It is good news to see that most of the legislative leadership who have spoken have said the legislature is now obligated and will find a way to fund the state match for Medicaid expansion, despite the narrow margin of victory for State Question 802. It is likely that legislators saw the need for Medicaid expansion, but many felt obliged to follow what they knew were the wishes of a clear majority of their constituents.
Those legislators, especially those representing rural districts, either remained on the sidelines or expressed a preference for the “no” side of the issue. Legislators understand that even when the people are wrong, they have a right to be represented. That’s the job. Only rarely can legislators knowingly go against a majority of their constituents and hope to convince them later it was the right thing to do.
At any rate, when the votes were cast, a statewide majority voted “yes” so now it is equally the obligation of legislators to follow the law. With leaders free to lead and many believing the right result occurred, funding should get done. The people will have a chance to help by passing SQ 814 that is on the November ballot. Oklahoma receives money annually from tobacco companies under the 1998 Master Settlement Agreement (MSA).
It is a tribute to former Attorney General Drew Edmondson that, after successfully prosecuting the civil case against the tobacco companies, he led the state in passing a constitutional amendment placing the money in trust protecting it from being diverted by the legislature for other purposes. Of the total MSA payments to the state, 75 percent is deposited into the Tobacco Settlement Endowment Trust (TSET) Fund — which was designed to fund tobacco use prevention and smoking cessation programs — and 25 percent is deposited into a special fund, the Tobacco Settlement Fund, which is subject to appropriation by the state legislature.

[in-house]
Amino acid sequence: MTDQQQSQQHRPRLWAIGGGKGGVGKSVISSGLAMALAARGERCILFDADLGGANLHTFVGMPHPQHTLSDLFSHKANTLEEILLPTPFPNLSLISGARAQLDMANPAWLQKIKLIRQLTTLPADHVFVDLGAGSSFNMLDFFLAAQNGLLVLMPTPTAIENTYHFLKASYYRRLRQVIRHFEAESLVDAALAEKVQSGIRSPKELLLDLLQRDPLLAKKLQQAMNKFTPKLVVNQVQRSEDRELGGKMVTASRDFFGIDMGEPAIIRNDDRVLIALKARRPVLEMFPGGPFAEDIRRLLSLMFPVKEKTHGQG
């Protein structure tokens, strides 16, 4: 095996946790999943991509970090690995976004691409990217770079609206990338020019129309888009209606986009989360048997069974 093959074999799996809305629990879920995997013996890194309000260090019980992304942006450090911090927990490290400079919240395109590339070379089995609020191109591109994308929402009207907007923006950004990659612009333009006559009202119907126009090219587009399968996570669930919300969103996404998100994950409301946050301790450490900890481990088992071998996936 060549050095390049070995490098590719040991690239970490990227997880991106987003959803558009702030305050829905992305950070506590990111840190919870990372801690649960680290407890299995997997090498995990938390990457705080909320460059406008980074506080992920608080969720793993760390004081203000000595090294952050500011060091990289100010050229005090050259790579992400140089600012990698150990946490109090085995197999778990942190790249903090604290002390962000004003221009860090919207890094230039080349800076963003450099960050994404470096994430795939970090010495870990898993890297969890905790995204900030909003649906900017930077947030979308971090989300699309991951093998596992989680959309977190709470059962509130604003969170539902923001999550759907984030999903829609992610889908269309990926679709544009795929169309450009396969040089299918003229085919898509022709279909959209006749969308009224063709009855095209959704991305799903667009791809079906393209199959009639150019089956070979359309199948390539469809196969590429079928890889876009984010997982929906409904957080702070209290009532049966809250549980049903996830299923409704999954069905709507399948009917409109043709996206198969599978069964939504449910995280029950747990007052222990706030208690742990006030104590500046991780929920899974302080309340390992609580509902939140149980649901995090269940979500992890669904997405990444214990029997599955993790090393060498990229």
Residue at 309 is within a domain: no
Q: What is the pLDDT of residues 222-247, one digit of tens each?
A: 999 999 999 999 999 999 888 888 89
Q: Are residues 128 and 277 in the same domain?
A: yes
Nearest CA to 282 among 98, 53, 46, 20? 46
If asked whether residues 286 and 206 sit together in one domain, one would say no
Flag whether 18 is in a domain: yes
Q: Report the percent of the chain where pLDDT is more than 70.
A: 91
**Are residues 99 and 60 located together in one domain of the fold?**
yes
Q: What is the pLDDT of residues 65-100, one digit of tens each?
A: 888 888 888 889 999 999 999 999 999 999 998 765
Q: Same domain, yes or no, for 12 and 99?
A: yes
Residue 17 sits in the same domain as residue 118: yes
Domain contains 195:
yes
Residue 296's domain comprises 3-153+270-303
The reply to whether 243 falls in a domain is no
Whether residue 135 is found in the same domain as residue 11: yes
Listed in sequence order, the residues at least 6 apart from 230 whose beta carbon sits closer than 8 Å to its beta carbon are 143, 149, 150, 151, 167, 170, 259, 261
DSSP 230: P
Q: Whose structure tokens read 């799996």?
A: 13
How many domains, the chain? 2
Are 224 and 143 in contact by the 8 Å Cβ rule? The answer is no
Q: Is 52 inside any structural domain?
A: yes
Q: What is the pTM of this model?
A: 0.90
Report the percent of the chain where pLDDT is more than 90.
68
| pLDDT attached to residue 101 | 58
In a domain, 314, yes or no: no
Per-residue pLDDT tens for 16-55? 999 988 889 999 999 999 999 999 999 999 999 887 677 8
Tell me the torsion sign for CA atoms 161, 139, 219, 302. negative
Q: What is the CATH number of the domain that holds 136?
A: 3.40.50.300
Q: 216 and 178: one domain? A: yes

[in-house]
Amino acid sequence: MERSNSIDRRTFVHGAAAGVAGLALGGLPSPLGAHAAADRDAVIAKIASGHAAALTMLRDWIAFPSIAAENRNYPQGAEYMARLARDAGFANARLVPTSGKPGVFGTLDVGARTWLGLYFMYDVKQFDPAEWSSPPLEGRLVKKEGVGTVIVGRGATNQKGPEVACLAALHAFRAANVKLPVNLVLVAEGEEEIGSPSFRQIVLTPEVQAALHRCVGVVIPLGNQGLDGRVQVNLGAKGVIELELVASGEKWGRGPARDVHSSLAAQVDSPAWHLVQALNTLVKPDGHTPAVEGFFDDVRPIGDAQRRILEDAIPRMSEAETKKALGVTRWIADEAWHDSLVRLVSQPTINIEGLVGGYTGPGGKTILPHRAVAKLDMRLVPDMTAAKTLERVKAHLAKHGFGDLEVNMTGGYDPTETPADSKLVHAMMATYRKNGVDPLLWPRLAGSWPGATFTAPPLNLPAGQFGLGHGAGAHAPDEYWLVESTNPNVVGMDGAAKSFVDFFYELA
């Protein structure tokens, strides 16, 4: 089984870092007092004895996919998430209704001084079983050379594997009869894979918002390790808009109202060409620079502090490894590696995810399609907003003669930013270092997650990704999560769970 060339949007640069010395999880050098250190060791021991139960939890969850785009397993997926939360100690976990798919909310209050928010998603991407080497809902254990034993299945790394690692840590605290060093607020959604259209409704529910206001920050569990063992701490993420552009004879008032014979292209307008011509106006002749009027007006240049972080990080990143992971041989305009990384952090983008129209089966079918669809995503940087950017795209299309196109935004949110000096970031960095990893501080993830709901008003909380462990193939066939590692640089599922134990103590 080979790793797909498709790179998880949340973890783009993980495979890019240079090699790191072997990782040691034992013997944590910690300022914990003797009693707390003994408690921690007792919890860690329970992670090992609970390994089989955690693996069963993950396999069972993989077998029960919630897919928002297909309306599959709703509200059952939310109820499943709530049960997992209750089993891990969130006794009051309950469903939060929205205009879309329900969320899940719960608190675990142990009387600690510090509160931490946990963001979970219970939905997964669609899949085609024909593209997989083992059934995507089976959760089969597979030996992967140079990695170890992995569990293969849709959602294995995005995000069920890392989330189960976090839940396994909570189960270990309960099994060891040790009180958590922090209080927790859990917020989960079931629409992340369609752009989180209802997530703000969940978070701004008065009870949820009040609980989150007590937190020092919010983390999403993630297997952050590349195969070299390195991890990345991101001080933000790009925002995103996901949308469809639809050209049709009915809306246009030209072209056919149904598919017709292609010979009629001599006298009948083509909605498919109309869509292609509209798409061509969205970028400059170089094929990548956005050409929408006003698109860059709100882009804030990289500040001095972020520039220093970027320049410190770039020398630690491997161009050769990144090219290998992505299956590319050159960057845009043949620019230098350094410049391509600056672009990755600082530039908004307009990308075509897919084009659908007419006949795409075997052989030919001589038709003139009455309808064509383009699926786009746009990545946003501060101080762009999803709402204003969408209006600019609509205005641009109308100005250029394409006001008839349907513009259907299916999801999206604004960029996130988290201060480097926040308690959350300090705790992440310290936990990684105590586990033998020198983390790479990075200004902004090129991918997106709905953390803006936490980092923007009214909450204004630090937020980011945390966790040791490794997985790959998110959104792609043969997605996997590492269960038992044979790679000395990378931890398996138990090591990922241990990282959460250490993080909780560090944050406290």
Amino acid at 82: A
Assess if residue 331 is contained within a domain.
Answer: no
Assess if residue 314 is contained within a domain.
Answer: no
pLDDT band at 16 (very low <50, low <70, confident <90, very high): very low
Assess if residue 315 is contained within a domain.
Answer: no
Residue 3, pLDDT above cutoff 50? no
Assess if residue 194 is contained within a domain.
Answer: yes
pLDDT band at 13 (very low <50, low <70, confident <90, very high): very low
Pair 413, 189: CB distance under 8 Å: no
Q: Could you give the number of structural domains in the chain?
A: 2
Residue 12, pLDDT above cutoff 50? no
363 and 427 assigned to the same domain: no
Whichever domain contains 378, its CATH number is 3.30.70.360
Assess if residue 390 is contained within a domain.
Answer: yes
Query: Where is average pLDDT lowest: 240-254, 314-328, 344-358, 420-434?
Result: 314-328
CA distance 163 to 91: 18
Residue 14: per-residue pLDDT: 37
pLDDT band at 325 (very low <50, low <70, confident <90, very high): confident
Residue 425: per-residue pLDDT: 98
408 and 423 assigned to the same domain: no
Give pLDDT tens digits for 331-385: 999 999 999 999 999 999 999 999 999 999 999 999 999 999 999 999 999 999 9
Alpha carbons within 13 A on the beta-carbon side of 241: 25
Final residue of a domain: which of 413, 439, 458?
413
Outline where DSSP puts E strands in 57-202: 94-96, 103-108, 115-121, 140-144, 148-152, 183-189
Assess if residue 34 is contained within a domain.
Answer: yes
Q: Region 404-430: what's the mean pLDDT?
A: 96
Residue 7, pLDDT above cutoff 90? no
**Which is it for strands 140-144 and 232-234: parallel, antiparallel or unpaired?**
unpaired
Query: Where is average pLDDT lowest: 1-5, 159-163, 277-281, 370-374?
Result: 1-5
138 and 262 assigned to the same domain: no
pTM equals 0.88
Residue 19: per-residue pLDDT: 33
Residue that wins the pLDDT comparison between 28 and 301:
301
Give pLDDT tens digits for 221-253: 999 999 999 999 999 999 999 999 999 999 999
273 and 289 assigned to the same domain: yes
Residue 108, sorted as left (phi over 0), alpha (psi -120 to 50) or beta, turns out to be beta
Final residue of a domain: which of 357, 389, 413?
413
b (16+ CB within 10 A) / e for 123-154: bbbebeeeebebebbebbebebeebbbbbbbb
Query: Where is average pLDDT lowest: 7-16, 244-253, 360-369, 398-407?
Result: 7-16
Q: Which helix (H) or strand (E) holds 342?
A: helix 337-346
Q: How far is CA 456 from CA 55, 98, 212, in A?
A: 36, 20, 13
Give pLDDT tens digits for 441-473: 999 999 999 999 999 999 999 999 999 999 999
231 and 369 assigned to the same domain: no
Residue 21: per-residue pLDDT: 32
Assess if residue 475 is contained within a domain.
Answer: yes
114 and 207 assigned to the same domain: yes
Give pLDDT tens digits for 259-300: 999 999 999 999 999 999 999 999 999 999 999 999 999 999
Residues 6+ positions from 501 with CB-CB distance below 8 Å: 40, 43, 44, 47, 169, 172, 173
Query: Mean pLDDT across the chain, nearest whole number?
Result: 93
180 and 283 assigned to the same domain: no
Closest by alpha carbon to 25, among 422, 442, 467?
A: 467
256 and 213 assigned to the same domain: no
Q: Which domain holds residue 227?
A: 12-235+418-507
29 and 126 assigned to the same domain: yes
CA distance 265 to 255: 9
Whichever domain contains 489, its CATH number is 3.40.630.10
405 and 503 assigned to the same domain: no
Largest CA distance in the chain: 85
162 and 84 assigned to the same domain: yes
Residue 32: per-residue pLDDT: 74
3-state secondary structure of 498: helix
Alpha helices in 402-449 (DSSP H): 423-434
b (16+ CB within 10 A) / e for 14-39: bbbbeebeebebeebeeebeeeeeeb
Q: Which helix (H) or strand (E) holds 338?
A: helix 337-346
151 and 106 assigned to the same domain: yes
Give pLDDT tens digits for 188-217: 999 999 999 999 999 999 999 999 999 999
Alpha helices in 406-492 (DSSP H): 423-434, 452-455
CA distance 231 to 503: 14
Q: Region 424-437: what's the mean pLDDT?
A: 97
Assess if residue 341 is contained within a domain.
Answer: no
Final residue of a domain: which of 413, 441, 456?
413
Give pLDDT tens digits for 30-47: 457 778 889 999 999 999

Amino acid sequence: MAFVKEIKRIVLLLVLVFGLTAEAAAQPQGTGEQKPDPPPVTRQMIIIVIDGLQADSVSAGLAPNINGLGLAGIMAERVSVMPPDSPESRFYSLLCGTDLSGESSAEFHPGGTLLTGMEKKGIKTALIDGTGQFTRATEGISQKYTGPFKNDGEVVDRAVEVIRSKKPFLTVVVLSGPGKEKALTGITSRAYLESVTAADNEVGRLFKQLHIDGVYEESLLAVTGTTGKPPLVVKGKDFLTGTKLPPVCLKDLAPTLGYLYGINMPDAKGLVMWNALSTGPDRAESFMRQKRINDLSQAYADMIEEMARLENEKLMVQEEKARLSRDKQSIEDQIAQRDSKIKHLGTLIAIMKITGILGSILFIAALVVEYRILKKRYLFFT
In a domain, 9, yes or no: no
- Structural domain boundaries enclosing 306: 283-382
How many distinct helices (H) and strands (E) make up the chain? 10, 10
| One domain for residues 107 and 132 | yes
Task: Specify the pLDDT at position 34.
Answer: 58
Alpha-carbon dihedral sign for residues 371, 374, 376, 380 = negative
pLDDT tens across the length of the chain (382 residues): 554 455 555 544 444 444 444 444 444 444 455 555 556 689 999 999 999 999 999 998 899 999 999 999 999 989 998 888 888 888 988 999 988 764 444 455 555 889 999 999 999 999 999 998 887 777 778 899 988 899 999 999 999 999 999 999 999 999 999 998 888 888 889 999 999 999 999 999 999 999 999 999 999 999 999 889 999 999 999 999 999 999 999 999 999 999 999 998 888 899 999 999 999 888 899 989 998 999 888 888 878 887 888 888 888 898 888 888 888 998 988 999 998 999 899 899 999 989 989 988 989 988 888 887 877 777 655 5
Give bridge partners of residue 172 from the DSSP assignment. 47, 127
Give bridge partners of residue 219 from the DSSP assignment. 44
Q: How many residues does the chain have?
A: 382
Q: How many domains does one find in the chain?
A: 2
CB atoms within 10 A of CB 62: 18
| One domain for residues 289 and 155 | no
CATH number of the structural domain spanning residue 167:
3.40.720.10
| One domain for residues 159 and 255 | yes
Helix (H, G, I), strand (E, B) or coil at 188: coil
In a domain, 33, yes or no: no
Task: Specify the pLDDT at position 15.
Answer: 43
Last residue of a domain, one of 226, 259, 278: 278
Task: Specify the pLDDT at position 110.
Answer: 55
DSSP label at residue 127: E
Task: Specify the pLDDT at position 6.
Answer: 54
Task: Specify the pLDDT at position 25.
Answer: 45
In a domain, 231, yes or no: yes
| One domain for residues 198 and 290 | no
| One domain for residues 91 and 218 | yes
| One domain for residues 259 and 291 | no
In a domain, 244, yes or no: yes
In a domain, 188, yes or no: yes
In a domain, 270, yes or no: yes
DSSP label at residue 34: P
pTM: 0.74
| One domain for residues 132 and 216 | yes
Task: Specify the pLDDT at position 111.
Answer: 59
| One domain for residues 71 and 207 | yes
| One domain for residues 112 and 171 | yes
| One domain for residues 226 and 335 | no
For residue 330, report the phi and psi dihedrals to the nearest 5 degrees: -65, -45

SQ 814 would switch the deposit percentages so that 25 percent of MSA payments would be deposited in the TSET Fund and 75 percent would be deposited in the Tobacco Settlement Fund. SQ 814 directs the legislature to appropriate the money in the special fund to secure federal matching funds for the Medicaid program. This can help fund Medicaid expansion without raising taxes.
Another source of possible funding will be an increase in the Supplemental Hospital Offset Payment Program (SHOPP) funding rate. SHOPP is a fee some hospitals pay to provide Medicaid state matching funds. This fee — together with the savings in medical programs now being paid for 100 percent by state funds and the additional revenue an increase of $1 billion in federal funds will inject into the Oklahoma economy — should assure funding for Medicaid expansion. So long as there is the will to do it.